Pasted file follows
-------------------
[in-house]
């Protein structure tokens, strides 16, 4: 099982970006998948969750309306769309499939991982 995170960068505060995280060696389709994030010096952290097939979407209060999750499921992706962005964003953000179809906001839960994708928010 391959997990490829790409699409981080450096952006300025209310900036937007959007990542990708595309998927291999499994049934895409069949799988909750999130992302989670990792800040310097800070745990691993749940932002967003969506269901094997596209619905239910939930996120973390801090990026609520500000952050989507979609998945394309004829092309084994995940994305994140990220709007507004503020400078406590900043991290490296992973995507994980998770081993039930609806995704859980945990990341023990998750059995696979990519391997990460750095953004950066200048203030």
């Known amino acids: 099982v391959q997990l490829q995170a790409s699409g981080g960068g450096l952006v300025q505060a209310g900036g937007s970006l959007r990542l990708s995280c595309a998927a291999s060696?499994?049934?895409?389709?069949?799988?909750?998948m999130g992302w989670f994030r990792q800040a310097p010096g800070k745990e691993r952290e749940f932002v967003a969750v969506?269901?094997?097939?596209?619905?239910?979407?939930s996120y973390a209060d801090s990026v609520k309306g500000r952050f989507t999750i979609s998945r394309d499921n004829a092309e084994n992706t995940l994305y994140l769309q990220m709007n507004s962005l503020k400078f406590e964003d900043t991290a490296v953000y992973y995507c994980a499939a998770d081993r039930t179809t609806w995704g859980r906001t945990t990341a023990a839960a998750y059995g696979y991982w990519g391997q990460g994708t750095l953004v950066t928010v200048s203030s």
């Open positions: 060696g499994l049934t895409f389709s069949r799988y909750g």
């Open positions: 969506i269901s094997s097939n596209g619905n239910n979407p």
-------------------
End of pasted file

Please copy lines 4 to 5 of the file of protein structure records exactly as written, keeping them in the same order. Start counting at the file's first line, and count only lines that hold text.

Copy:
């Open positions: 060696g499994l049934t895409f389709s069949r799988y909750g």
């Open positions: 969506i269901s094997s097939n596209g619905n239910n979407p």